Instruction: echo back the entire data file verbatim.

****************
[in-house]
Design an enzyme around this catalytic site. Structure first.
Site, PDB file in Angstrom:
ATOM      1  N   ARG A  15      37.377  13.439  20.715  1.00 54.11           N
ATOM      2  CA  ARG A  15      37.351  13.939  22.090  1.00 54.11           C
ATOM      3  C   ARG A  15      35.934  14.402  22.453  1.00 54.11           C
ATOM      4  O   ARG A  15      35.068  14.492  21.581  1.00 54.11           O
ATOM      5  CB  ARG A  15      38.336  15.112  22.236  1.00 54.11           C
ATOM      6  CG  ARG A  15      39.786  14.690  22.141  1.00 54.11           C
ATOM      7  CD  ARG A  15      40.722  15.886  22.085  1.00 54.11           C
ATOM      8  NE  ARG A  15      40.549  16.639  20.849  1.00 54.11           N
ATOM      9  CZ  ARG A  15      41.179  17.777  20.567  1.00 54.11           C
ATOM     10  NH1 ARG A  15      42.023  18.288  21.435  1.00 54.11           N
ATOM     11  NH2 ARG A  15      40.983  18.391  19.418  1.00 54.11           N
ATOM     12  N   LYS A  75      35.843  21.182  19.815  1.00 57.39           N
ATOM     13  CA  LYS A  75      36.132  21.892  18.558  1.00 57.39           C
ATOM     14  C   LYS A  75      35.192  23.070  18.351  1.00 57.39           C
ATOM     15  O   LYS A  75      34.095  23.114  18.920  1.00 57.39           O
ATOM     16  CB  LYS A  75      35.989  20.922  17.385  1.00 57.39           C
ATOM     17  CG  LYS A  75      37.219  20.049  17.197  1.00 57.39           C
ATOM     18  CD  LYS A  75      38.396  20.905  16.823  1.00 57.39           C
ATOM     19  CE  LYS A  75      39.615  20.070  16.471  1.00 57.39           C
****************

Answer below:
[in-house]
Design an enzyme around this catalytic site. Structure first.
Site, PDB file in Angstrom:
ATOM      1  N   ARG A  15      37.377  13.439  20.715  1.00 54.11           N
ATOM      2  CA  ARG A  15      37.351  13.939  22.090  1.00 54.11           C
ATOM      3  C   ARG A  15      35.934  14.402  22.453  1.00 54.11           C
ATOM      4  O   ARG A  15      35.068  14.492  21.581  1.00 54.11           O
ATOM      5  CB  ARG A  15      38.336  15.112  22.236  1.00 54.11           C
ATOM      6  CG  ARG A  15      39.786  14.690  22.141  1.00 54.11           C
ATOM      7  CD  ARG A  15      40.722  15.886  22.085  1.00 54.11           C
ATOM      8  NE  ARG A  15      40.549  16.639  20.849  1.00 54.11           N
ATOM      9  CZ  ARG A  15      41.179  17.777  20.567  1.00 54.11           C
ATOM     10  NH1 ARG A  15      42.023  18.288  21.435  1.00 54.11           N
ATOM     11  NH2 ARG A  15      40.983  18.391  19.418  1.00 54.11           N
ATOM     12  N   LYS A  75      35.843  21.182  19.815  1.00 57.39           N
ATOM     13  CA  LYS A  75      36.132  21.892  18.558  1.00 57.39           C
ATOM     14  C   LYS A  75      35.192  23.070  18.351  1.00 57.39           C
ATOM     15  O   LYS A  75      34.095  23.114  18.920  1.00 57.39           O
ATOM     16  CB  LYS A  75      35.989  20.922  17.385  1.00 57.39           C
ATOM     17  CG  LYS A  75      37.219  20.049  17.197  1.00 57.39           C
ATOM     18  CD  LYS A  75      38.396  20.905  16.823  1.00 57.39           C
ATOM     19  CE  LYS A  75      39.615  20.070  16.471  1.00 57.39           C